[viii] A Doubtful Case. (1881, June 4). Weekly Times (Melbourne, Vic. : 1869 – 1954), p. 21. Retrieved September 29, 2019, from http://nla.gov.au/nla.news-article219425980

[ix] SUSPICIOUS DEATH OF A CHILD. (1881, June 4). Leader (Melbourne, Vic. : 1862 – 1918, 1935), p. 21. Retrieved September 29, 2019, from http://nla.gov.au/nla.news-article196566183

[x] CENTRAL CRIMINAL COURT. (1881, June 18). The Australasian (Melbourne, Vic. : 1864 – 1946), p. 21. Retrieved September 30, 2019, from http://nla.gov.au/nla.news-article137815924

[xi] INQUEST. (1881, June 6). The Herald (Melbourne, Vic. : 1861 – 1954), p. 3. Retrieved September 29, 2019, from http://nla.gov.au/nla.news-article241329167

[xii] CENTRAL CRIMINAL COURT. (1881, June 17). The Argus (Melbourne, Vic. : 1848 – 1957), p. 3. Retrieved September 29, 2019, from http://nla.gov.au/nla.news-article5987754

[xiii] Baby Catherine, a one-year-old infant died on 15 February 1881. Victorian Death Certificate 454/1881

Zany, Quirky or Weird?

AtoZ2019ZThis series of blog posts is part of the A to Z 2019 Blogging Challenge in which I will write snapshot memories of my early married life in the then Territory of Papua New Guinea?

 

The ground crew rush to the aircraft

“Take this box to Hagen”

“What’s in it?”

“Mosquitoes from the coast”

Aghast the tourist asks

“What happens if those things get loose in here?”

 

tiger-mosquito-49141_1920

zzzzzz zzzzz I suck your blood! Image from Pixabay.

Zzzzzzzz the annoying whine of a mozzie round your ears

Hope you’ve taken your Camoquin.

Ours is stored in a maxi Pablo jar –

To avoid the risk of poisoning –

Rationed out each Sunday.

——————–

Tinka and Tabitha

The dachsund and the acrobatic cat

Enliven our early mornings

OLYMPUS DIGITAL CAMERA

A PNG butterfly. Image from Wikipedia

Shredded tissues from one

Shredded butterflies the other

A colourful snowstorm in the bedroom.

————————-

Now an adult cat, Tabitha decides to wake me up

And my eyes open to a kitten emerging onto my chest

No respecter of the delivering fur-mum

She is deposited promptly on the floor

My memory is that it was near Anzac Day…why?

—————

A Goroka event draws crowds

Meet up with Aunty Lee and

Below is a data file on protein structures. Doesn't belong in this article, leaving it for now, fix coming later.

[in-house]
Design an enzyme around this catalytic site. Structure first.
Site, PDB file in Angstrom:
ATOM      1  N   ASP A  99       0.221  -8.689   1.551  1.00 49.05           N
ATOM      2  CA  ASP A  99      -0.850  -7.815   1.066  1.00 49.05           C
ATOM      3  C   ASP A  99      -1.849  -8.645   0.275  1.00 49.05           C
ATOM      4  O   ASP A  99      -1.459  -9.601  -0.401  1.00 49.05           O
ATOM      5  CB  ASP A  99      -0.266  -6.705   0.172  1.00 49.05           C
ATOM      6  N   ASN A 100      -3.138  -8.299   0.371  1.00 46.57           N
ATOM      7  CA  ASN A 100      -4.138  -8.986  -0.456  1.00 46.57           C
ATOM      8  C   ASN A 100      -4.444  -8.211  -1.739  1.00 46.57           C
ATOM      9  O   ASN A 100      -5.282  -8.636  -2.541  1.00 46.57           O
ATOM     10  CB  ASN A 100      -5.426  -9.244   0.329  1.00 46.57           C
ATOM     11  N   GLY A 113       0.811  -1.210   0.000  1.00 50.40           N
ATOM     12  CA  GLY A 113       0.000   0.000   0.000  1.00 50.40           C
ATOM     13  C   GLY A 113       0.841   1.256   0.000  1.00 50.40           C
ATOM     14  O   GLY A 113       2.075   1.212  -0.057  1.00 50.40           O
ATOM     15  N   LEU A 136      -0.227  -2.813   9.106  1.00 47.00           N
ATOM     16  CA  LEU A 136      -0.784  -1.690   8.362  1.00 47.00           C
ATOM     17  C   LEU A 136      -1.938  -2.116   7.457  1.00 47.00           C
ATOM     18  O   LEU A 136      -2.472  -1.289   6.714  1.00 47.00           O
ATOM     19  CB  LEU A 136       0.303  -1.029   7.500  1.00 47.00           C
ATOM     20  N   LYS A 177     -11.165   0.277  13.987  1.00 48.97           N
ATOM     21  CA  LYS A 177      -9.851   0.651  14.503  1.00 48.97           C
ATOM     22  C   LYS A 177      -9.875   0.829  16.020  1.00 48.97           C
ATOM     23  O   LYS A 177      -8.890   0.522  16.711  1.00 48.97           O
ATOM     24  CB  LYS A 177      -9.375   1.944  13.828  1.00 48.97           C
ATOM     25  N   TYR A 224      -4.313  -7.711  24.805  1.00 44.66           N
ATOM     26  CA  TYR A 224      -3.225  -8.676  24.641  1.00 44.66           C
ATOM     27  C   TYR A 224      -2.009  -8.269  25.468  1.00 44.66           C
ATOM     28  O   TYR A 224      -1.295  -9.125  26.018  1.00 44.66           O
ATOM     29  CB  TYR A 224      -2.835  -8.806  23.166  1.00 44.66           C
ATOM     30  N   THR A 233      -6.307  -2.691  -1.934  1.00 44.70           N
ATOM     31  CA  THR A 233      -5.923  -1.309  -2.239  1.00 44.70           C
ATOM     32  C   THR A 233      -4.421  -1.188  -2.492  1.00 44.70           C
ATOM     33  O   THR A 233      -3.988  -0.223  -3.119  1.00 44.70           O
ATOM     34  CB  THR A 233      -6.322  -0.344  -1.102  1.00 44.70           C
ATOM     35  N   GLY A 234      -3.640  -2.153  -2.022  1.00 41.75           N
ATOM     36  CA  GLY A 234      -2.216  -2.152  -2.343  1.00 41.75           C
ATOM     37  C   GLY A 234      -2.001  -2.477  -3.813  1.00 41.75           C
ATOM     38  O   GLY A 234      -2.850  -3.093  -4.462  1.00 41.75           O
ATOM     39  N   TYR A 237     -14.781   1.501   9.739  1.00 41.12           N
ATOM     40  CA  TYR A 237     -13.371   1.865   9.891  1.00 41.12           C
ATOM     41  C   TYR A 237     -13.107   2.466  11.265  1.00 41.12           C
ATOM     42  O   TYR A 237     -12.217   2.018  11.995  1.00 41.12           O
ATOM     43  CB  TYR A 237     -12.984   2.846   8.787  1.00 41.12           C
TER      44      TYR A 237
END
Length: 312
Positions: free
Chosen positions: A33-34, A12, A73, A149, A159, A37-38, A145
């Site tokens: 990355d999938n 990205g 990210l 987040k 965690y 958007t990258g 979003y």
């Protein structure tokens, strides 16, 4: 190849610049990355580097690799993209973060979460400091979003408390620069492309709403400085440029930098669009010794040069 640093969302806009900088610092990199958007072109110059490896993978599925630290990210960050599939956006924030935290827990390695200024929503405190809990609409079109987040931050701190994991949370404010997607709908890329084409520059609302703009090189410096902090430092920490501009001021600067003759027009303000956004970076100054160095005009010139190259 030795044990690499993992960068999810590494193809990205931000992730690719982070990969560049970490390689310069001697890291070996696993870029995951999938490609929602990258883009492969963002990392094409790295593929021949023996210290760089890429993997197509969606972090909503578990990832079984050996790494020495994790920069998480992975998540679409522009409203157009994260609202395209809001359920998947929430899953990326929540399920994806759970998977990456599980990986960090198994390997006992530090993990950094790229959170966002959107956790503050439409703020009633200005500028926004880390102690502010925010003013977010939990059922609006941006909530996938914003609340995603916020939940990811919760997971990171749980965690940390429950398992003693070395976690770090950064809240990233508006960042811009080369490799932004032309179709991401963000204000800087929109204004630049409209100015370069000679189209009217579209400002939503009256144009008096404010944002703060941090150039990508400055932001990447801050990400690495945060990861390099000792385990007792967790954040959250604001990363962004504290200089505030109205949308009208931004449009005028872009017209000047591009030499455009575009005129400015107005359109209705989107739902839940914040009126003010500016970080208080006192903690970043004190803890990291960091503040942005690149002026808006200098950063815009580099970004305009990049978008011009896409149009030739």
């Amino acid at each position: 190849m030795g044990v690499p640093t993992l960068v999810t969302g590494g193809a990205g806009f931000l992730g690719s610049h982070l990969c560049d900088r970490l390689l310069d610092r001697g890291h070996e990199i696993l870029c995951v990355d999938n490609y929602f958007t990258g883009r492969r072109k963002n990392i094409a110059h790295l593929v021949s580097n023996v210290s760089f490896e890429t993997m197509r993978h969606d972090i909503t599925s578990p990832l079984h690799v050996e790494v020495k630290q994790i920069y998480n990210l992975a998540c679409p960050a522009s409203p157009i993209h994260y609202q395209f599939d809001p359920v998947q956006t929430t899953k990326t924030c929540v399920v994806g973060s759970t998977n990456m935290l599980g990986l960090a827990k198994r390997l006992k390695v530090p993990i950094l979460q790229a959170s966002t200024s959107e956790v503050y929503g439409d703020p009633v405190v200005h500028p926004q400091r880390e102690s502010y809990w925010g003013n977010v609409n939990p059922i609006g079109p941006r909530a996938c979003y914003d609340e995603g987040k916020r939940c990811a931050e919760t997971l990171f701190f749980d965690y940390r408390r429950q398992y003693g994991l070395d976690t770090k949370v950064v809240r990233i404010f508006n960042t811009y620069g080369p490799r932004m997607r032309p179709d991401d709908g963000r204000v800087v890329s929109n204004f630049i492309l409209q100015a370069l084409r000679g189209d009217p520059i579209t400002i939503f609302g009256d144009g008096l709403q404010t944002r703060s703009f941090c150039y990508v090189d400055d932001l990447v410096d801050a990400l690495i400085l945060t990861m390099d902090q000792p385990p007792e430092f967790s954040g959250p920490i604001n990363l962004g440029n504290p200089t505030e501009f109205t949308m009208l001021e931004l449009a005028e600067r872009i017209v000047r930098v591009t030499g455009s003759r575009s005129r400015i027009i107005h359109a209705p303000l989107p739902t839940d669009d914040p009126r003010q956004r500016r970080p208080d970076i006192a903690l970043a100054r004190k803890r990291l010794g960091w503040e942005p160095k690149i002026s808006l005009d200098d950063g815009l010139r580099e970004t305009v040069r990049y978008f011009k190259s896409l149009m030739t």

Let’s go see the gumithon…

Inner tubes and crazy passengers

Hurtle down the chilly river.

Family657

Ferry crossing PNG style – between Kerema and Malalaua (Gulf District). All government vehicles were spray-painted (or bought) in this dark blue colour.

—————-

A late night phone call frightens us

News of a colleague’s murder and

Name confusion in the panic

Anxiety and sadness follow.

————–

We head to the movies

To See Easy Rider

(Of which I remember nothing)

Family669

What did the bishop say to the Prince? I’m lost for words! Independence ceremony at the Catholic Cathedral, Port Moresby 1975.

At the Goroka Cinema

Next to the Zokozoi Hotel.

And our truly weird movie experience

Papillon – for our anniversary

The only time we’ve walked out of a movie, I think.

—————

“Mummy, there’s bugs in my room”

“No there’s not, go to sleep”

Afternoon nap time in Moresby

Eventually I check it out

He is sound asleep with the small fan

Whirring away in flames, sending black specks

Over the space to their bedroom. Whoops, good save.

————-

 

You might think there’d be a zoo in PNG

Instead we took friends to the croc farm

Where we also saw cassowaries and

Magnificent Birds of Paradise

Day to Day we saw little fauna (frogs, snakes, geckos, possums)

And some ordinary birds

It may that many zoological specimens wound up as costumes.

Perhaps more quirky and weird than zany, but life was never dull in PNG.

 

 

Yumi bung wantaim

AtoZ2019YThis series of blog posts is part of the A to Z 2019 Blogging Challenge in which I will write snapshot memories of my early married life in the then Territory of Papua New Guinea.

The start of our life together in Papua New Guinea brought many adventures and experiences, and challenges.

Mitupela: At our reception as we start our new life wantaim.

 

Peters 21st Tower Mill 1970

The newly weds soon after our honeymoon. Dinner at the Tower Mill with his family and mine. Sadly, half of this group have already left us.

 

Tripela Time with the family. Above left: Great-grandmother Cass, Great aunt Olive Cass, maternal Grandma and spoiled baby. Lower left: Happy to be with dad and Aunty Lee. Right: Sending Uncle Philip home for Christmas.

Tripela: My dad with the grandchildren.  Tupela: I always loved this photo.

Kaye and Les Cass with Louisa and Rach 1976